Dantzler was maintaining that Bobo not attempting the long passes makes sense while Mitchell and Scott-Wesley are unavailable, while Butler was insisting that, with the likes of McKenzie on the team, Georgia still has the speed to threaten deep and ought to be doing it more often.
I take Kevin’s side in this discussion. I realize that Georgia’s offensive line is still playing inconsistently and perhaps it’s fear of giving up a sack that has Bobo calling mostly the quick, shorter passes. But, as he did on the first series against South Carolina, he doesn’t have to have Hutson Mason stand back there waiting to throw deep in order to get the ball into the hands of players with the speed to burn an opposing defense. I just don’t understand why Georgia didn’t try that more often Saturday night.
As for the lamentable showing by the defense in the first year of Jeremy Pruitt’s reclamation project amid the rubble Todd Grantham left behind, a big factor there is lack of talent. Yes, some of the players from last year no longer on Georgia’s defense needed to be gone, but there’s no denying the defensive backs left in their place have a long, long way to go. It’s a combination of inexperience on the part of the newcomers and the rather limited ability of some of the returnees.
Compound that with the almost total lack of an effective pass rush from the defensive front against the Gamecocks (the key difference between this game and the second half of the Clemson game) and you wind up with what we saw Saturday night, as South Carolina’s Dylan Thompson threw to uncovered receivers wide open in the DMZ between the Dogs’ linebackers and safeties, who at times seemed almost unaware of what was happening in front of them.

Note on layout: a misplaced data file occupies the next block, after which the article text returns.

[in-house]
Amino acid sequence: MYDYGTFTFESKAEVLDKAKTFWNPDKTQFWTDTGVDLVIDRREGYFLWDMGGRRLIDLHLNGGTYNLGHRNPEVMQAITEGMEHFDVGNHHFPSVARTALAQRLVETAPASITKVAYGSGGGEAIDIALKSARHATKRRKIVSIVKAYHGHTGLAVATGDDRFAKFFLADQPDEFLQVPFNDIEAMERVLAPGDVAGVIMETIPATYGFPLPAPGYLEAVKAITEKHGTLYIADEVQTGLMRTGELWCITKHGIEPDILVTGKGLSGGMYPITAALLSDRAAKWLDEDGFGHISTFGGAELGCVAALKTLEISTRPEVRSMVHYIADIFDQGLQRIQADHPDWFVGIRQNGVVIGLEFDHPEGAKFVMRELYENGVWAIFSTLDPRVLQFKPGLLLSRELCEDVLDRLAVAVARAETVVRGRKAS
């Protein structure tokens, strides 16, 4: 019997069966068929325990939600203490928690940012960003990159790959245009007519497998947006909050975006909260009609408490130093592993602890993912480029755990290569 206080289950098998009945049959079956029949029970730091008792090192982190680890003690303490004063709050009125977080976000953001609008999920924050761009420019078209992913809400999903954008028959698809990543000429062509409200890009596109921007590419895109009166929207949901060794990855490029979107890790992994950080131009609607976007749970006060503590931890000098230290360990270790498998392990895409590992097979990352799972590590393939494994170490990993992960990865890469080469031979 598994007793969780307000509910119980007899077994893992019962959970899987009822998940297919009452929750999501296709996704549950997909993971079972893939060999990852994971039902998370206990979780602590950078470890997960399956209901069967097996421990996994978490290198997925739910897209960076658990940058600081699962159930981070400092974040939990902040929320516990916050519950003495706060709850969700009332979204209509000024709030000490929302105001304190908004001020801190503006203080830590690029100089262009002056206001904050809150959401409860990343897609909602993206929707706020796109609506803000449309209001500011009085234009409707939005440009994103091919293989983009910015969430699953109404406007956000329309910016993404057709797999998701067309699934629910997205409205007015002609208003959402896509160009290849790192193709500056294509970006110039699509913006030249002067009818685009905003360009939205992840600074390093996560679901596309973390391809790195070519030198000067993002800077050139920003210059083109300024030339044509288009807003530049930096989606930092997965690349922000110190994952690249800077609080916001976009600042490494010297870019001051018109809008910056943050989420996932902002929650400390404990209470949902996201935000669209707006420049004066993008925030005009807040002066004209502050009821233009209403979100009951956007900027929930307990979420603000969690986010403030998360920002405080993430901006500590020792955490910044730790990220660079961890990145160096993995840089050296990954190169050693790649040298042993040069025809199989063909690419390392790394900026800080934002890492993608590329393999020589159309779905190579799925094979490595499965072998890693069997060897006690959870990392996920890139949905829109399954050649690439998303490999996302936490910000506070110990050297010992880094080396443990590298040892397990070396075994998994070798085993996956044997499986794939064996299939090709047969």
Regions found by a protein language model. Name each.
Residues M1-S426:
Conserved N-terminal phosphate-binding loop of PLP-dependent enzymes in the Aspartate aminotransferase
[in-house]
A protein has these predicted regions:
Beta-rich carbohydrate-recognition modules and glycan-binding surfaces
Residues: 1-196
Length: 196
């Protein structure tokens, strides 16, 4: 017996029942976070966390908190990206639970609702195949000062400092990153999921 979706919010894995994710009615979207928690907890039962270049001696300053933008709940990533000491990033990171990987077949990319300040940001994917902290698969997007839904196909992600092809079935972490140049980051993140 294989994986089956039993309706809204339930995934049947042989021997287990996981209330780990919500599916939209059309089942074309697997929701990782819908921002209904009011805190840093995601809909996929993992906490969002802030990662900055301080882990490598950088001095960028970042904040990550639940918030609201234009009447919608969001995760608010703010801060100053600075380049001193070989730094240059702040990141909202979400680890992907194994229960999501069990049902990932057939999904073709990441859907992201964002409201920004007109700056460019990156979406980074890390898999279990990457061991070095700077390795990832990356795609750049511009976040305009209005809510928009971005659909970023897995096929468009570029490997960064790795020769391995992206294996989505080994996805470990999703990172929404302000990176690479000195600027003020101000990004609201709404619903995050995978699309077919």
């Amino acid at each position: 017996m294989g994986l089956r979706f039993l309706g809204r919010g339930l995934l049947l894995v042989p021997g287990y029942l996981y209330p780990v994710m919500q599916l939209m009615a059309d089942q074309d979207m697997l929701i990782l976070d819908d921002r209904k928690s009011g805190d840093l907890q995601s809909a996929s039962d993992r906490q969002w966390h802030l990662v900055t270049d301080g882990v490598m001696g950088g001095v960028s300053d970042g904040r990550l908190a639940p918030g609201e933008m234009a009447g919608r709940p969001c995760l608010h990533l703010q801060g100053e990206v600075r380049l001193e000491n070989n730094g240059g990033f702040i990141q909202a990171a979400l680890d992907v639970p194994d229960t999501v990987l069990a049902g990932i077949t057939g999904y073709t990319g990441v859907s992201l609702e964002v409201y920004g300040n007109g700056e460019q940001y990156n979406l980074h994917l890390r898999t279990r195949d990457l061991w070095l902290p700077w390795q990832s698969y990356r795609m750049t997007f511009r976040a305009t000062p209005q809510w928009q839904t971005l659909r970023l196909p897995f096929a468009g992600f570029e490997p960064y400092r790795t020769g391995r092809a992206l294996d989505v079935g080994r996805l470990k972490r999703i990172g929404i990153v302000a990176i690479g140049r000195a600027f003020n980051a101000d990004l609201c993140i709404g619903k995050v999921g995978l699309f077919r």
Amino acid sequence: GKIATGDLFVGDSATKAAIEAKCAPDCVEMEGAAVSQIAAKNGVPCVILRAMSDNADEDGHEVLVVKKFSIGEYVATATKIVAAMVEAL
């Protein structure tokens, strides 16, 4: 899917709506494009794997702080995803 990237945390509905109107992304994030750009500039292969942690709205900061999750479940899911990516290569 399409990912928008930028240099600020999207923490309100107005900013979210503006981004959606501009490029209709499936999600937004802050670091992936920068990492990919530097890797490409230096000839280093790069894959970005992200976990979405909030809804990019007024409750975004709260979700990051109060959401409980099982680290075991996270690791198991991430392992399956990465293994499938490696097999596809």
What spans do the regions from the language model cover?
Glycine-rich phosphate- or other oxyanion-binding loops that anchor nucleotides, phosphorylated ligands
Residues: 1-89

As senior LB Ramik Wilson put it: “We couldn’t get a pass rush and we didn’t have any safety help.”
Steve Spurrier was being uncharacteristically charitable when he said after the game: “Georgia’s defense was pretty good at times, and other times they weren’t quite as good.”
Of course, when the Dogs’ defense did rise to the occasion with Damian Swann’s fourth-quarter interception … well, in Richt’s words: “We didn’t seize the moment that we had created.”
Completing the trifecta of underperformance, Georgia’s special teams followed up their superb game against Clemson with an inconsistent effort in Columbia.
Marshall Morgan started out the game strong, making his first two field goal attempts and booming his first four kickoffs into the end zone for touchbacks. Then came the two missed field goals, and for some reason on his second half kickoffs Morgan went high but not into the end zone, resulting in returnable kicks. Those returns were helped by the Dogs overrunning their coverage.
On the other side, as expected, the Gamecocks did their best to deny Gurley the opportunity to return a kickoff. And the one time he did get the chance, a miscommunication between him and one of the up backs resulted in a near disaster. Looks like there’s still more work to be done in that area of the game.
So, plenty of blame to go around.
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— Bill King, Junkyard Blawg